DOOR KNOBS, LIGHT SWITCH COVER AND HARDWARE

I have painted all of my light switch covers, and most of my door knobs. The outside door knobs I painted with an antique copper finish, and the light switch covers I paint to match whichever room they are in. It is ridiculously easy, makes your home look a little more personal, and lasts until it wears off – which by my estimation is coming up on twenty five years.

A few DIY Paint Notes:

  • I find that the original spray paints are the best quality, and have more staying power than the new, more specialized finishes.
  • Sometimes, it is easier to spray a bit of paint onto a plastic plate, then paint from that with a small (disposable) brush. If you do this, be prepared, as it dries quickly and is quite sticky.
  • I have had no luck with the paint that is made exclusively for plastics – it chips off at the first sign of use.
  • Rustoleum Chalkboard Paint is always in my closet. I have used it to paint my chandelier (which is brass, and I didn’t even prime it first), the stand of my floor lamp, my walls (several upstairs and downstairs), labels on Mason Jars, my bathroom floor (with a polyurethane over it for durability) and my outside light fixtures and lamp post.
  • Acrylic paint will wash off your hands with soap and water (and dries within a few hours). Oil based and Spray Paint is a lot more difficult to get off your skin (wear gloves) and can take a few days to dry.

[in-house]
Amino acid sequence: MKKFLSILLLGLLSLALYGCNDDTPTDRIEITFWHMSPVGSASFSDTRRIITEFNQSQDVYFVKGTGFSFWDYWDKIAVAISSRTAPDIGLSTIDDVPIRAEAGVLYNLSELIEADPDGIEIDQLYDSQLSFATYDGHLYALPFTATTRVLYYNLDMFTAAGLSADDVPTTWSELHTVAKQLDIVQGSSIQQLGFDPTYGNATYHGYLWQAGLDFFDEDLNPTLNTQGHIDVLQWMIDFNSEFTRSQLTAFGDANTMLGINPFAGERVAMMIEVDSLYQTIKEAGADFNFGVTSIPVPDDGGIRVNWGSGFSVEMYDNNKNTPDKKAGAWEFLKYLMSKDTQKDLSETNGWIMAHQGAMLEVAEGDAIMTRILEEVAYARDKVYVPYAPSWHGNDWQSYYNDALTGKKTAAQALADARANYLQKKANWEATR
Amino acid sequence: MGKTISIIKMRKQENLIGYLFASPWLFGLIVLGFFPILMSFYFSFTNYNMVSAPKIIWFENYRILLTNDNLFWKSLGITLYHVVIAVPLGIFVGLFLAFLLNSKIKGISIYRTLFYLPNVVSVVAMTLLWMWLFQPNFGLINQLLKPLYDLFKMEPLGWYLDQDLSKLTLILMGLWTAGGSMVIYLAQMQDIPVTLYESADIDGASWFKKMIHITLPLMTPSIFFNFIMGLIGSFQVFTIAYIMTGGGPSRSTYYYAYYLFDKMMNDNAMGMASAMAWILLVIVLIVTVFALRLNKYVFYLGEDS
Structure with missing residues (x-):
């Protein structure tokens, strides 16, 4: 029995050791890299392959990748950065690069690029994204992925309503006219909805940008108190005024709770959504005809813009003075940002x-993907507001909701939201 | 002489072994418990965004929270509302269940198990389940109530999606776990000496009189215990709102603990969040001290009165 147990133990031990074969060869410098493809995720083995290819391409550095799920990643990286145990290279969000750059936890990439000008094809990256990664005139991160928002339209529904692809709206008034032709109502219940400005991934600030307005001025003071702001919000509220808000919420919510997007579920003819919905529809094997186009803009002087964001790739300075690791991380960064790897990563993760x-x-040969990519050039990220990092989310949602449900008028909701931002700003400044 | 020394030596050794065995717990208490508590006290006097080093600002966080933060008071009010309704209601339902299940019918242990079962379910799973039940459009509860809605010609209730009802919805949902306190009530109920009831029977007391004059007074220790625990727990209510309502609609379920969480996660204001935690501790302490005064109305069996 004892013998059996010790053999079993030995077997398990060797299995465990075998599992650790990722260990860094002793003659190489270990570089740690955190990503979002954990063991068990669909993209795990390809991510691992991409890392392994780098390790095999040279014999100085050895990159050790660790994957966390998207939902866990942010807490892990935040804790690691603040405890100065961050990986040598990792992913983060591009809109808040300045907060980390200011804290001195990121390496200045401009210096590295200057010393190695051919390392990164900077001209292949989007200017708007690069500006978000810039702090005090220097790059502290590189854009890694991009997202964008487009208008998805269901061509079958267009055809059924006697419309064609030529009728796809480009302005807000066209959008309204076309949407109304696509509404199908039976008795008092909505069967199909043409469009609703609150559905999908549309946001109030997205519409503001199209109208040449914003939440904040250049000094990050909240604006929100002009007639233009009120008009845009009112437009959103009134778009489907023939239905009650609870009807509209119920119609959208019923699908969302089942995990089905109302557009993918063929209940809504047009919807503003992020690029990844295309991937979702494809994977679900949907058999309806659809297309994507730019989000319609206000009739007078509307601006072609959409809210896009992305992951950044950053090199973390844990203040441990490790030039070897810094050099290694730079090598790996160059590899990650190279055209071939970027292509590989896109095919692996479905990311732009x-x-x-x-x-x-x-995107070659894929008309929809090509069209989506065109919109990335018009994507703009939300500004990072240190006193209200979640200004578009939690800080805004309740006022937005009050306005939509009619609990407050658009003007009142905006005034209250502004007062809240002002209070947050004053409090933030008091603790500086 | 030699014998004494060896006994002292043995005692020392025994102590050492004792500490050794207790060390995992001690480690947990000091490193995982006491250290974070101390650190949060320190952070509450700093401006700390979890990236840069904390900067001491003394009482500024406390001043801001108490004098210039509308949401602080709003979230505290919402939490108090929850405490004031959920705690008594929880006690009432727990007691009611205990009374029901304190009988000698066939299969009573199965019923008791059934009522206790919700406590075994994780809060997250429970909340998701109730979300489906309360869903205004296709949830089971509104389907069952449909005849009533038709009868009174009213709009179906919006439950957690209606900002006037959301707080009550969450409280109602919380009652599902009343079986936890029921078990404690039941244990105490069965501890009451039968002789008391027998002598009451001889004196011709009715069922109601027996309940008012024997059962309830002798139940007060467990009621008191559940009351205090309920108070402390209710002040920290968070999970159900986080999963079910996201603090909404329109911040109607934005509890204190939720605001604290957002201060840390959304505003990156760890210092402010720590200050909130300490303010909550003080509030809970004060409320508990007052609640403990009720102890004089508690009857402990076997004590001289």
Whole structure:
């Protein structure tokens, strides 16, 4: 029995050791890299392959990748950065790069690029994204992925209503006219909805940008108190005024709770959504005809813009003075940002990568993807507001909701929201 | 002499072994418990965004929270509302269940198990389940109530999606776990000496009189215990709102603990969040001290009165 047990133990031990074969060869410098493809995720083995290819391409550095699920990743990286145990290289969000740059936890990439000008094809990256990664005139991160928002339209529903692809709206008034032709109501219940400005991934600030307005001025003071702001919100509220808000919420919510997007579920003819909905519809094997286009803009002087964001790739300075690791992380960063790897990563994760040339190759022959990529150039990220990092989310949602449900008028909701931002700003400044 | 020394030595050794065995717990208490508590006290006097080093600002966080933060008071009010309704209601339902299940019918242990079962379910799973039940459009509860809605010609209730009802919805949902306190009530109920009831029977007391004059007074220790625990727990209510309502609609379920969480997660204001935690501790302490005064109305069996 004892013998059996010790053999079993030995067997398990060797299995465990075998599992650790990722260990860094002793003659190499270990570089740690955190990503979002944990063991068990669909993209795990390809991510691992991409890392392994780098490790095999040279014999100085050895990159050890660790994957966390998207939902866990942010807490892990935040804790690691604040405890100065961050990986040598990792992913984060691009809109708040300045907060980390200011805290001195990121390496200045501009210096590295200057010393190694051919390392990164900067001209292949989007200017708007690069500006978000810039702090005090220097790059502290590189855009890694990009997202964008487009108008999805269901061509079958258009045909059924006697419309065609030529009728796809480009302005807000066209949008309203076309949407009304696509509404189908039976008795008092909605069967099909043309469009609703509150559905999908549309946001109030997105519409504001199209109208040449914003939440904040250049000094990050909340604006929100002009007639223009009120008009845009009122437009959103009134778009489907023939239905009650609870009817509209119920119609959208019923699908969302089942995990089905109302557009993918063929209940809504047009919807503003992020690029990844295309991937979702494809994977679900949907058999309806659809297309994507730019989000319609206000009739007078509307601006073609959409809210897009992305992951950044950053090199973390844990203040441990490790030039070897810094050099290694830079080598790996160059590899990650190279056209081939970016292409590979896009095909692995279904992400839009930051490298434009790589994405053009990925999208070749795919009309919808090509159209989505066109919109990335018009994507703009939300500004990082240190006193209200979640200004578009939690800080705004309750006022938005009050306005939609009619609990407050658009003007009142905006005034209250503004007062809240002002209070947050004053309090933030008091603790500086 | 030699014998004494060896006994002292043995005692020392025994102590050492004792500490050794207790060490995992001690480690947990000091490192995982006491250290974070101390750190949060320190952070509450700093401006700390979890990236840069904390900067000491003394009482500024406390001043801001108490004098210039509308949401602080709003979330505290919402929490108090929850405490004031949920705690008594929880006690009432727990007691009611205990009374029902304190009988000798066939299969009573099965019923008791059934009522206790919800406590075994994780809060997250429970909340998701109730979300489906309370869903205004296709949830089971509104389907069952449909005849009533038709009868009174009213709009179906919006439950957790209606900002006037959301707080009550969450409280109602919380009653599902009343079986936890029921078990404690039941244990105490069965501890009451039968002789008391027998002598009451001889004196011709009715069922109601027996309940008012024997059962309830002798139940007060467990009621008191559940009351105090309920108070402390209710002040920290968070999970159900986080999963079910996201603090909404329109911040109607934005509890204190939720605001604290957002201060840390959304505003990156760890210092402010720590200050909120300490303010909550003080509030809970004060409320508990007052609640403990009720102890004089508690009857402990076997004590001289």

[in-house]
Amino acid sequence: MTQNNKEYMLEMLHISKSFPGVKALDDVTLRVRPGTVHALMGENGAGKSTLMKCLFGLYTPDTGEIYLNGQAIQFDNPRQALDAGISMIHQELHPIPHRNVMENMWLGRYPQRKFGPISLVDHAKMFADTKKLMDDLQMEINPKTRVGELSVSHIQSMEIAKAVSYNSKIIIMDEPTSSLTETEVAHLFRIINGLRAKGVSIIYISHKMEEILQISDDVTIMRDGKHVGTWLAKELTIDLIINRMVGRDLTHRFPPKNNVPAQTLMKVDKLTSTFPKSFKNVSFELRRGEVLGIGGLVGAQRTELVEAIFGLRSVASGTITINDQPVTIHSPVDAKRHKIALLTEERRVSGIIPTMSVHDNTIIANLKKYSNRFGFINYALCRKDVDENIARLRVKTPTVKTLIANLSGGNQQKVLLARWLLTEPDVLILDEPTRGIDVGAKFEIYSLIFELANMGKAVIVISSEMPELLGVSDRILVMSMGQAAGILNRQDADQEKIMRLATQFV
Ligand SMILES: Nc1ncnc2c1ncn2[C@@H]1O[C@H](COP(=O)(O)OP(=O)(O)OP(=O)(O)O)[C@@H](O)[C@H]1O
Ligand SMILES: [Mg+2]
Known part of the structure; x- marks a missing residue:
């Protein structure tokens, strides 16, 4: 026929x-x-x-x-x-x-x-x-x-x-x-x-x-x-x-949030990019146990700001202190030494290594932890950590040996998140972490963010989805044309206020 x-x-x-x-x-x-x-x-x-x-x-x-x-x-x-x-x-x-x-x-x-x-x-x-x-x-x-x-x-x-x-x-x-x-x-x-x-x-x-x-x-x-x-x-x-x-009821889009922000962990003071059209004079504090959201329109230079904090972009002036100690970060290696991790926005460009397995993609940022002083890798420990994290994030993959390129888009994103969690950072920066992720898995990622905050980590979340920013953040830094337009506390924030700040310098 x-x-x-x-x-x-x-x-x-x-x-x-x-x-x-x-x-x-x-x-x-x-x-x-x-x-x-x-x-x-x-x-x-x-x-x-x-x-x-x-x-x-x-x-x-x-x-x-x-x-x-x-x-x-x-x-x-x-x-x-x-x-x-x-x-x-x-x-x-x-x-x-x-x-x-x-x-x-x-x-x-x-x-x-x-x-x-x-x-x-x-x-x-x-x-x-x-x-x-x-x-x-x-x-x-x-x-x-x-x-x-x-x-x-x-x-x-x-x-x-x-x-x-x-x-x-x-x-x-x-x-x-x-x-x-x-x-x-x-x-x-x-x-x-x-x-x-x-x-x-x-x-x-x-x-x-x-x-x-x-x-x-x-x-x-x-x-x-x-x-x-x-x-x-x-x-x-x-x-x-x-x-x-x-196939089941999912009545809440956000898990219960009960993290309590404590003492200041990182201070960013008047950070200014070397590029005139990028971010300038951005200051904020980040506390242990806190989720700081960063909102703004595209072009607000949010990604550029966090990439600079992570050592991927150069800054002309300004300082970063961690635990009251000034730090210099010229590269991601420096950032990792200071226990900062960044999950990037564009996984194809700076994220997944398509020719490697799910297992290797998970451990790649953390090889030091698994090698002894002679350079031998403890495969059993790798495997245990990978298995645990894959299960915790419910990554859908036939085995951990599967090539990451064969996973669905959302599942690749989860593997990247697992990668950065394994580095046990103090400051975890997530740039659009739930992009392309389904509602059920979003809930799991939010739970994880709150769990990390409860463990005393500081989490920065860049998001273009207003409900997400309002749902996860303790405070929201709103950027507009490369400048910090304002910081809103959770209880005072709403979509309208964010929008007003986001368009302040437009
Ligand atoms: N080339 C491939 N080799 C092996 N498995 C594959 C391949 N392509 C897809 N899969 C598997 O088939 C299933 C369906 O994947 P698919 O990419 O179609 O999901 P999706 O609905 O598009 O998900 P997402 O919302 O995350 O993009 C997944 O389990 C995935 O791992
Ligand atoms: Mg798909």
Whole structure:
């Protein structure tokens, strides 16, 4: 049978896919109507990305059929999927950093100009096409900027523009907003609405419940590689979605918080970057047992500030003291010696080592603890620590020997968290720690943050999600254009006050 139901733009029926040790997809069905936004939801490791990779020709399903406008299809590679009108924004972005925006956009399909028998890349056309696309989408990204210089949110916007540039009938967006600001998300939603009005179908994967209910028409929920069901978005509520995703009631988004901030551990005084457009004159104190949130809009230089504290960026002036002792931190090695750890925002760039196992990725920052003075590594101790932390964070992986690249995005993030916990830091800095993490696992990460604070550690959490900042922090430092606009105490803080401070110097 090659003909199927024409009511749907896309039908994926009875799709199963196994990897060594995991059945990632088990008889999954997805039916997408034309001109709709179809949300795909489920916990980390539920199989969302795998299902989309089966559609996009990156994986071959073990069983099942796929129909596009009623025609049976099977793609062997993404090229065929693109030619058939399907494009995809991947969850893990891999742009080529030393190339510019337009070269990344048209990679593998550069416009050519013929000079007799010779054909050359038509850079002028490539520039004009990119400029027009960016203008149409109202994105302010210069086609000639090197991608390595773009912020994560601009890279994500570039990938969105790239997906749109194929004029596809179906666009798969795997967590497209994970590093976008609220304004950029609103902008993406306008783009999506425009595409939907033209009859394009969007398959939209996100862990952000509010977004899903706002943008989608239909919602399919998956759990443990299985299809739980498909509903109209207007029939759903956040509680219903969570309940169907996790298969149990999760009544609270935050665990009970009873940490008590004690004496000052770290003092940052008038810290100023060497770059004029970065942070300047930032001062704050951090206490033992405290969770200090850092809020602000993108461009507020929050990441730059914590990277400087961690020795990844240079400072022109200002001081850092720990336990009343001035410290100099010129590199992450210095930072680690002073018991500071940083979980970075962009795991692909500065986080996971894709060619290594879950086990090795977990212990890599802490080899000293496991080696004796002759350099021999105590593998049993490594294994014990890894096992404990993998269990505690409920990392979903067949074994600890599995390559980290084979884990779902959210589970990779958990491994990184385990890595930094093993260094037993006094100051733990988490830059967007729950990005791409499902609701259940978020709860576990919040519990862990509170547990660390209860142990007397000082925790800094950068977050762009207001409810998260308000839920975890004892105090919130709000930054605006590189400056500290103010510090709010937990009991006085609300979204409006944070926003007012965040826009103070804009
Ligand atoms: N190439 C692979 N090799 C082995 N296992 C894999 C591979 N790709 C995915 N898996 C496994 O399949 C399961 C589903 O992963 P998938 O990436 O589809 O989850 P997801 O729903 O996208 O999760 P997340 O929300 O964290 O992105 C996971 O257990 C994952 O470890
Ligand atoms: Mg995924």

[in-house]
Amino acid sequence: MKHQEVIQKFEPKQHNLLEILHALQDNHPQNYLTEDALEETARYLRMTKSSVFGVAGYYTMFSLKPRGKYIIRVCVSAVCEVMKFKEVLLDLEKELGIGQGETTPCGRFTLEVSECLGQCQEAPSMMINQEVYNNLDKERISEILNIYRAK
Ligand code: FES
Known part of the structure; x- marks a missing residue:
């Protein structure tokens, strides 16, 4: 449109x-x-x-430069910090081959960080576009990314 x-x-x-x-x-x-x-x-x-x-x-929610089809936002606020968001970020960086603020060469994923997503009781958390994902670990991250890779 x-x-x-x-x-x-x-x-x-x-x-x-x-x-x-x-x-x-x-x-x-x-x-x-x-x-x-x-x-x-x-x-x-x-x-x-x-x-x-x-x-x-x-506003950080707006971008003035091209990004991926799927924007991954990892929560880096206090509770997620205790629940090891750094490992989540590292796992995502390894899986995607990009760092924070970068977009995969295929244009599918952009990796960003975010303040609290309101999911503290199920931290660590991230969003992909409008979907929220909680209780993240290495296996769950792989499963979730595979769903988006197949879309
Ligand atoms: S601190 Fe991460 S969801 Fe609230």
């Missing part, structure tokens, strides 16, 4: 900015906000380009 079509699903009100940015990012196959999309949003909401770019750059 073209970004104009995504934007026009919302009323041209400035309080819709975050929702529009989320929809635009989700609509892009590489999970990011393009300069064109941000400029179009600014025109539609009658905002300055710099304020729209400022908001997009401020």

• No matter what google says, sometimes paint is impossible to remove from your clothes, hair and shoes.
  • When painting anything near electricity, turn the power off, cover the outlet or socket with painters tape, and paint carefully with a brush rather than using a spray (which could easily get inside the wiring).
  • If you’re not confident in the beginning, just try a very small, easy fix; the worst that can happen is that it doesn’t work, but the best is that it will.

Wendy E. Wrzos http://wendyandthebluegiraffe.blogspot.com/
Amazing giraffe art from: http://quotesgram.com/giraffe-amazing-quotes/

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I painted my bathroom last weekend. Black. The bathroom was remodeled about 10 years ago and, as conventional wisdom goes for a room that is barely 4 foot square, I painted it cream and white. I really liked it; vintage inspired fixtures coordinated perfectly with the subtle cream color on the wainscoting and the new oak floor. The artwork was simple, pages from an old book, framed in black.  The room always looked nice.

However, as time went on the painted white walls started to show signs of wear. I tried to perk it up with different artwork, but all of a sudden the classic room began to look cheap. Bright colored, children’s art looked silly against the white walls, like a classic black dress with a gigantic crepe-paper flower stuck at the hip with a safety-pin. It began to bother me, and, as my daughter and I use it every day, it’s confused style was a daily reminder that I no longer liked the room.